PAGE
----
Oh, this is gonna be fun. Let’s leave aside the fact that Texas voters approved Proposition 2 last week because they hate gay people. (Did I say that? Sorry, I meant “want to protect traditional values.”) What really earns them the bird this year is approving a measure that was so poorly worded that it actually undermined the very institution it was trying to save — the phrase outlawing recognition of any state “identical to marriage” can be interpreted to include marriage itself. As a result, the amendment has effectively given an annulment to every married couple in the state! The possibilities for chaos are endless! We see rich businessmen cutting their trophy wives loose without a penny, the wedding industry raking in cash by hitting up couples getting re-hitched, and the IRS busting thousands of Texans for checking the “married” box on their income tax forms. Congratulations to the 76 percent of you who wanted so badly to deny basic rights to homosexuals. You’ve now turned everybody’s kids into bastard children. Hear that sound, Texas? That’s the sound of the entire country laughing at you. And you deserve it, along with some turkey to serve to your suddenly nonexistent families this holiday.
What a difference 45 minutes makes. As usual, the world’s biggest piano competition showed Fort Worth crowds this past summer some wondrous music-making in the early going. However, Cliburn brass bit off more than the musicians could chew when it decided to make the performers play an extra 45-minute recital in the final round. The move was made with only the best of intentions — to give audiences even more music. But adding the recital to an already grueling schedule wound up wrecking the young pianists who made it that far. The performances in the last days were mistake-filled and uncreative, as the mentally and physically fatigued contestants battled just to survive instead of dazzling the listeners. The gold medal went not to the most promising musician but the one who was least affected by the wear and tear. For turning this prestigious competition into a war of attrition, the Van Cliburn organizers get some bedraggled and burned-out turkey to munch on.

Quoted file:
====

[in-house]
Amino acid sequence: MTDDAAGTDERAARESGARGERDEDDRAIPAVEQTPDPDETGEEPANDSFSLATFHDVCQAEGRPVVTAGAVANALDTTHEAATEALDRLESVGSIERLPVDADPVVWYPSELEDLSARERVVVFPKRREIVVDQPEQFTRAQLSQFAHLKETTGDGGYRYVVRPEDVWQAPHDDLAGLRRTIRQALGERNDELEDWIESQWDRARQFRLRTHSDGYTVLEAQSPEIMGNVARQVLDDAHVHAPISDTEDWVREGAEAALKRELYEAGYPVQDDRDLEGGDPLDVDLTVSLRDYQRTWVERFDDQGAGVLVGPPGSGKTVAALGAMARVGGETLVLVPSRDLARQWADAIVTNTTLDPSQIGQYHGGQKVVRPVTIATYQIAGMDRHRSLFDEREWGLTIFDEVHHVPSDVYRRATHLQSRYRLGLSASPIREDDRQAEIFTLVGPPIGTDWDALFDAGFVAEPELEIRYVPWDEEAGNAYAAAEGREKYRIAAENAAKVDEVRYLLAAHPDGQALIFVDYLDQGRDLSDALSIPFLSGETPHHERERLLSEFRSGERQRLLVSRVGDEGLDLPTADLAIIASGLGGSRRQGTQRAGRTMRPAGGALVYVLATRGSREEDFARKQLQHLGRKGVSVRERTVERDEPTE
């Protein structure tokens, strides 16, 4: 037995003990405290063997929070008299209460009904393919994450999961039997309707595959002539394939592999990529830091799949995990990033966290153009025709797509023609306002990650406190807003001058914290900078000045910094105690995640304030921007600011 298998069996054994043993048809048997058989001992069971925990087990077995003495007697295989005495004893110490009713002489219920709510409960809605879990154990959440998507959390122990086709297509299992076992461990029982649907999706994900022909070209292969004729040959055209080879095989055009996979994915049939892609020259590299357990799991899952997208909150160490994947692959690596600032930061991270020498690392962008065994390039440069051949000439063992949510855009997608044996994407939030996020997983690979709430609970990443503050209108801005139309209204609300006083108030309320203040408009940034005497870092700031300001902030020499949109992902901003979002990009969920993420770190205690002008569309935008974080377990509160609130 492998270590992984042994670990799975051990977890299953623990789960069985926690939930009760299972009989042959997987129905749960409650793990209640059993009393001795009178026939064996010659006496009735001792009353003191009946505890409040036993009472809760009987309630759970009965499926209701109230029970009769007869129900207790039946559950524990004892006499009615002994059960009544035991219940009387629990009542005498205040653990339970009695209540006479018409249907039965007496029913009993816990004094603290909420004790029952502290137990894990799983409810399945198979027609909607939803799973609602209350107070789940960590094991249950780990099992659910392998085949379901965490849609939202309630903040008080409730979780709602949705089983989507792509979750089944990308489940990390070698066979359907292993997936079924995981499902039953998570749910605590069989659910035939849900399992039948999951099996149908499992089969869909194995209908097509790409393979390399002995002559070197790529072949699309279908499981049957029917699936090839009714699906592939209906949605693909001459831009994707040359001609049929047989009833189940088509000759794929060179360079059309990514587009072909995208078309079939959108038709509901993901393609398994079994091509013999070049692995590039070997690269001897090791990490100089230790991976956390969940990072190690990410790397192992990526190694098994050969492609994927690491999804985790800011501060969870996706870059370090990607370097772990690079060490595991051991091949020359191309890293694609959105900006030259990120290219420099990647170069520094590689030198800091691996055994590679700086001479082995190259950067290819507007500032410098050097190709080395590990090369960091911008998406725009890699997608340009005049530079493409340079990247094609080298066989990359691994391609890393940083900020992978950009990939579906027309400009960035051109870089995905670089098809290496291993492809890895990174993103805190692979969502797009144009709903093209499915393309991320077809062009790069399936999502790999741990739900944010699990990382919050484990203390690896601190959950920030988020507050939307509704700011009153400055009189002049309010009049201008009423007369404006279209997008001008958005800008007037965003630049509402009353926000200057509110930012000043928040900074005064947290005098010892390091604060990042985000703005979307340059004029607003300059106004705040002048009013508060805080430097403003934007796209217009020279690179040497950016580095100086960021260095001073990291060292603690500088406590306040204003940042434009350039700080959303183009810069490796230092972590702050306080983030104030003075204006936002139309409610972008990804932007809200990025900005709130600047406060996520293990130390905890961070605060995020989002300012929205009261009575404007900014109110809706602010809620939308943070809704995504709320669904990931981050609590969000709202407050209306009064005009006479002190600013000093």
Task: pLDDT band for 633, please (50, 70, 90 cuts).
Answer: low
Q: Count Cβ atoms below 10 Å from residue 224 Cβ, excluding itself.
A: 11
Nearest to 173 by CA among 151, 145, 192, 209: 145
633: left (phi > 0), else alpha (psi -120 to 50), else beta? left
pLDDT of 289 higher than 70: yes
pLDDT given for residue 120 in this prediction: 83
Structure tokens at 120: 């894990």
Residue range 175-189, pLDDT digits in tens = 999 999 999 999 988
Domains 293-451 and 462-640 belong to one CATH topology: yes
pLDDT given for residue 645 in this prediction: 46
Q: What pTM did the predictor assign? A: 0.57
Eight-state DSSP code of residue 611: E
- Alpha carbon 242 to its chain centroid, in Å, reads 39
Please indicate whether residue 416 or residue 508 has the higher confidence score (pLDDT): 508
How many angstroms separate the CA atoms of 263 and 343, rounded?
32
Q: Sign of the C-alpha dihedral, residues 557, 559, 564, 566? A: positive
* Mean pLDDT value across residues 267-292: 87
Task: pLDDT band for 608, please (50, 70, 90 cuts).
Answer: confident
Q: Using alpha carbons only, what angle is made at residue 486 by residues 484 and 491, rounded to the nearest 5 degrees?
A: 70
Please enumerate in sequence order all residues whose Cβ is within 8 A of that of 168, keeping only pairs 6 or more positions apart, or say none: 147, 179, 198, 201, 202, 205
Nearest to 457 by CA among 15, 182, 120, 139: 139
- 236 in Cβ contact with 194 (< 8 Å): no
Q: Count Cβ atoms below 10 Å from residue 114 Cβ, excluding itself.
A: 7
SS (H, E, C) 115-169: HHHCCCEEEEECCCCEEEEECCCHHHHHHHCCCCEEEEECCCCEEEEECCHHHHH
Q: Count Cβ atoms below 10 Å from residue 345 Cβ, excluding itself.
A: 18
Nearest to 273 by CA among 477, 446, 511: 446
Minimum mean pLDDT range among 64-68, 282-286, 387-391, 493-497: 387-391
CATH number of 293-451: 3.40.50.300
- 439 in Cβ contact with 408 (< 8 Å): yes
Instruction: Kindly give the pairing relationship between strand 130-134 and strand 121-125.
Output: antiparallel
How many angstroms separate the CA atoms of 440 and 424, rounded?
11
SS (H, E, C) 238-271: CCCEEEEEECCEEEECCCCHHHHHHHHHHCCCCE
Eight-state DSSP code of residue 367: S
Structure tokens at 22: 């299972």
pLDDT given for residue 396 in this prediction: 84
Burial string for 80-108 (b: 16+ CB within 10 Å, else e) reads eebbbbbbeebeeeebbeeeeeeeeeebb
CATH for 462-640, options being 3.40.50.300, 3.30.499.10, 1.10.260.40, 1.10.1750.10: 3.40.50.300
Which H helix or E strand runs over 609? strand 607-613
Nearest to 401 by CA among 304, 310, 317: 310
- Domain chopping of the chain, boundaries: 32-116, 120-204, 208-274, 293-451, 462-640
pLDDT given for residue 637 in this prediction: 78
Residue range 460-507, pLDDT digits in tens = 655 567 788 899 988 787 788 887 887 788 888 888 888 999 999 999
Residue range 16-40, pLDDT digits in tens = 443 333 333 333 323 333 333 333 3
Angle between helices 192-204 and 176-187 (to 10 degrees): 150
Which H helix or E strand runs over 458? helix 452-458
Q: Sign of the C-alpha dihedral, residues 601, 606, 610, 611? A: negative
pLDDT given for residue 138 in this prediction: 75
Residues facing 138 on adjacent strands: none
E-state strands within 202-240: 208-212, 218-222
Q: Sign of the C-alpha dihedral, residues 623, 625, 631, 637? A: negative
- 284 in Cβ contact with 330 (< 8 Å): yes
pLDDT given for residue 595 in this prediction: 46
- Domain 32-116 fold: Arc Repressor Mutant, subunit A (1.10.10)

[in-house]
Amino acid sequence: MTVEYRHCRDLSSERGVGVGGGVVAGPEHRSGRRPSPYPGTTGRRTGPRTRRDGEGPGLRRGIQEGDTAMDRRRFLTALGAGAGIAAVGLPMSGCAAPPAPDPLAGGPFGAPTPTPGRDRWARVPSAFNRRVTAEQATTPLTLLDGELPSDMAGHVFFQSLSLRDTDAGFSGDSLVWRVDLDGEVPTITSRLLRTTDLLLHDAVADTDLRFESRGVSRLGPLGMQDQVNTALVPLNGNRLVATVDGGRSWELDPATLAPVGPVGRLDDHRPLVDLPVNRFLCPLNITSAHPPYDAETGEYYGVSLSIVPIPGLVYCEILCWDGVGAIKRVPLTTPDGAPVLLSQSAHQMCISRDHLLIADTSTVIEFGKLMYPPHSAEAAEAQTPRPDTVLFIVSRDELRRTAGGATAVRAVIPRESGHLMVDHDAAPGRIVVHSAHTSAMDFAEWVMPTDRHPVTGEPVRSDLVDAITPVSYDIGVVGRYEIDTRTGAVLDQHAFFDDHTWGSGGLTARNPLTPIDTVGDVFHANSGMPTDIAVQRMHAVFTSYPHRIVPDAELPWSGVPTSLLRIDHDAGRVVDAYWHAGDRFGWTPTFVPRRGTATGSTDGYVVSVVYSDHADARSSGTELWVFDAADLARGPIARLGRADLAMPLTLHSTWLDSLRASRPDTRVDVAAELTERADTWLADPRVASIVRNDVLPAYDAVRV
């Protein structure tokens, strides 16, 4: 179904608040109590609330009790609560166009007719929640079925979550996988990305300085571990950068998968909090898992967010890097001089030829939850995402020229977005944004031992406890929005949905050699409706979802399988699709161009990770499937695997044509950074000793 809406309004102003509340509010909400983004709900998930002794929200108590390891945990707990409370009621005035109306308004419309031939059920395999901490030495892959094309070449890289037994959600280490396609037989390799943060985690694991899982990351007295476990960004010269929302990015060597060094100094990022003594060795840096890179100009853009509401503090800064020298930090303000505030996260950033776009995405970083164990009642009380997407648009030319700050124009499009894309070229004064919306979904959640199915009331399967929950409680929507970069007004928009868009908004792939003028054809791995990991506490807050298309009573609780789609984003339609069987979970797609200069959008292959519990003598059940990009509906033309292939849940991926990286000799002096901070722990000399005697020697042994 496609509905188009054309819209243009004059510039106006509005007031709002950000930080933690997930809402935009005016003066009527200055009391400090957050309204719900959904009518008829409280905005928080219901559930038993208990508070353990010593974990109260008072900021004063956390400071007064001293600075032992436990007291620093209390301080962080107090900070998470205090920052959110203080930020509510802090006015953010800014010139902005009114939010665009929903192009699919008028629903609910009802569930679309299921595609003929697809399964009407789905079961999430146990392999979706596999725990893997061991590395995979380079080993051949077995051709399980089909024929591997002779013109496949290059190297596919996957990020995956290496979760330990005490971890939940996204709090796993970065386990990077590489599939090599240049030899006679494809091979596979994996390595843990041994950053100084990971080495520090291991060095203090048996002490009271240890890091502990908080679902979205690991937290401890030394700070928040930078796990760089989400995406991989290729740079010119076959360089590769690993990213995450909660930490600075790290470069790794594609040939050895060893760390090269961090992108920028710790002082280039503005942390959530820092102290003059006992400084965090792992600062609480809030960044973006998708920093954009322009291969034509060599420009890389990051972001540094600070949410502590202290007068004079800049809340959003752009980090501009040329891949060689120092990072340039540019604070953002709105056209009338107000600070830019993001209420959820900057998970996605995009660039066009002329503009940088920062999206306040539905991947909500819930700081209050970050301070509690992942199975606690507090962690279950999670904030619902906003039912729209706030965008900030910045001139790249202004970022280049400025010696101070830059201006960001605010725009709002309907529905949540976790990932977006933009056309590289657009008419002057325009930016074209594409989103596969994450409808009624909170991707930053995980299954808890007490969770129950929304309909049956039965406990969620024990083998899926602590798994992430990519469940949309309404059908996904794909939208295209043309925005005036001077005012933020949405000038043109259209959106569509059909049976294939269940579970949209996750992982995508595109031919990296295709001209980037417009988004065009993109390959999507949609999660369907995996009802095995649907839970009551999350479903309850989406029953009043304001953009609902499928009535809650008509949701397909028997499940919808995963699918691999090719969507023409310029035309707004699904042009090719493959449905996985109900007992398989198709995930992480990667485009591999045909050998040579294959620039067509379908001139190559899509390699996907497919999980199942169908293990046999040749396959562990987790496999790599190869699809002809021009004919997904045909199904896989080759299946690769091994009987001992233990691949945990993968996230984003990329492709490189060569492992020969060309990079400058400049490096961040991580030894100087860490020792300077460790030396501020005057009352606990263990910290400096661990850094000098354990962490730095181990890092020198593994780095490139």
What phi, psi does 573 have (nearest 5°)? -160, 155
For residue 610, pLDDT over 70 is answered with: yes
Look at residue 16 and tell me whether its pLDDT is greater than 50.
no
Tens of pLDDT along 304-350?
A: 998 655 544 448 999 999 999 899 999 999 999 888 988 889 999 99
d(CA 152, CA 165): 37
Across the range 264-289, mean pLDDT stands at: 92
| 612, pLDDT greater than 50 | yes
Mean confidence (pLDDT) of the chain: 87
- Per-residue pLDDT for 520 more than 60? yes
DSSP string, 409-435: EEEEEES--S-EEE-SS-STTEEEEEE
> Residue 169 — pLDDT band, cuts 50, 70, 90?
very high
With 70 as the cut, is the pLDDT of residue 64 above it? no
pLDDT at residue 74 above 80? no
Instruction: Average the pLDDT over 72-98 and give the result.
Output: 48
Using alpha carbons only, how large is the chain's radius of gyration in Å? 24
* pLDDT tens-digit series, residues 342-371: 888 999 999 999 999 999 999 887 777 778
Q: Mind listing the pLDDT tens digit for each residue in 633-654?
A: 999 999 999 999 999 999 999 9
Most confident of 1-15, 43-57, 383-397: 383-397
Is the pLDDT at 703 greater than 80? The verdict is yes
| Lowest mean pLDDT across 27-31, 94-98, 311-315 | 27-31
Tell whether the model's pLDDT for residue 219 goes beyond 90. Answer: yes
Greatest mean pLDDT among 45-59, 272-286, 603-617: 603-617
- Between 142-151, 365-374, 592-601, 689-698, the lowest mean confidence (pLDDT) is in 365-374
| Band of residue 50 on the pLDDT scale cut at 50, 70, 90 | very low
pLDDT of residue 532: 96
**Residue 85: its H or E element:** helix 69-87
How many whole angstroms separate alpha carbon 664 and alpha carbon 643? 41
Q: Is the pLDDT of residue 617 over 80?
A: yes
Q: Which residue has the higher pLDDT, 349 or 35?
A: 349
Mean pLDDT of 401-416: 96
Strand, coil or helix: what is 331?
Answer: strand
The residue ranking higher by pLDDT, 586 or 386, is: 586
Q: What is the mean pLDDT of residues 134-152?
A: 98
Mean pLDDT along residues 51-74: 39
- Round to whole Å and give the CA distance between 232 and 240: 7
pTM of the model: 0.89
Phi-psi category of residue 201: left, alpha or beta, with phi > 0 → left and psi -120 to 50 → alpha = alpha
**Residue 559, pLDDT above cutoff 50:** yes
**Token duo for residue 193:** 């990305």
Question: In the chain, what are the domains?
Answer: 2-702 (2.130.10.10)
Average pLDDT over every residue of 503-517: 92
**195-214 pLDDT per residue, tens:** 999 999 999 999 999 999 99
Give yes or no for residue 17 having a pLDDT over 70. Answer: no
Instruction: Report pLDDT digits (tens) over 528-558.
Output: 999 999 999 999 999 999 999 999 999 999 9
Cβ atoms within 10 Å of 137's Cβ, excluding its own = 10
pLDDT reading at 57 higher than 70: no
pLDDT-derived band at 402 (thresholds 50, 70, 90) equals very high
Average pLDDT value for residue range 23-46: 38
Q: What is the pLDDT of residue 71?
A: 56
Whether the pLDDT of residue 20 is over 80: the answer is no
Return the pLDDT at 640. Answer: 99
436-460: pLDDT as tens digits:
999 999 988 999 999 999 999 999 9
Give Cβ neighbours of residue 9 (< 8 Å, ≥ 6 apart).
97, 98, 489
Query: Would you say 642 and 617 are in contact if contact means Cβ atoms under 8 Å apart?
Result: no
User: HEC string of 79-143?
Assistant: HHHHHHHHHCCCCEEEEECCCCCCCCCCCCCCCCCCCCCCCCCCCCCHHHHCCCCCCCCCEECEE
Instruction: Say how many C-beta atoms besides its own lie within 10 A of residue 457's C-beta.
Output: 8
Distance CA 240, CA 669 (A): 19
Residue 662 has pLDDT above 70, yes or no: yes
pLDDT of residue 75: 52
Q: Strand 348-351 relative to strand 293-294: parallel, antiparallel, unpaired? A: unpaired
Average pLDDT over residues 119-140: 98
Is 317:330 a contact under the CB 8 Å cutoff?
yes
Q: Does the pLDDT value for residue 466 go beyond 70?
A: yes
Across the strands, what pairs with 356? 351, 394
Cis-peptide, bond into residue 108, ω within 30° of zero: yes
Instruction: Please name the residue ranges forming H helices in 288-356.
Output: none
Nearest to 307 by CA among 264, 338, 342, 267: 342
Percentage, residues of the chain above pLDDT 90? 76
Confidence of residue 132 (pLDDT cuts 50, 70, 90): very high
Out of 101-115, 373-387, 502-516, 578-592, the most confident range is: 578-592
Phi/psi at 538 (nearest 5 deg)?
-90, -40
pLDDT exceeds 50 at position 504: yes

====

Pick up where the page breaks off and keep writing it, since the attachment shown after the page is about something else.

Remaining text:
How About “No Grackle Left Behind”?
On Nov. 1, Fort Worth officially launched its latest assault against the pesky grackle, the annoying birds that suffocate greenery and citizens alike with pounds of poop. A staff memo to the city council said the Bird Relocation Program was successful around city hall and several other locations beginning in 1995. But the wily grackles swapped trees, and now the city has divvied downtown into two separate war zones for testing municipal- and merchant-group theories of grackle removal.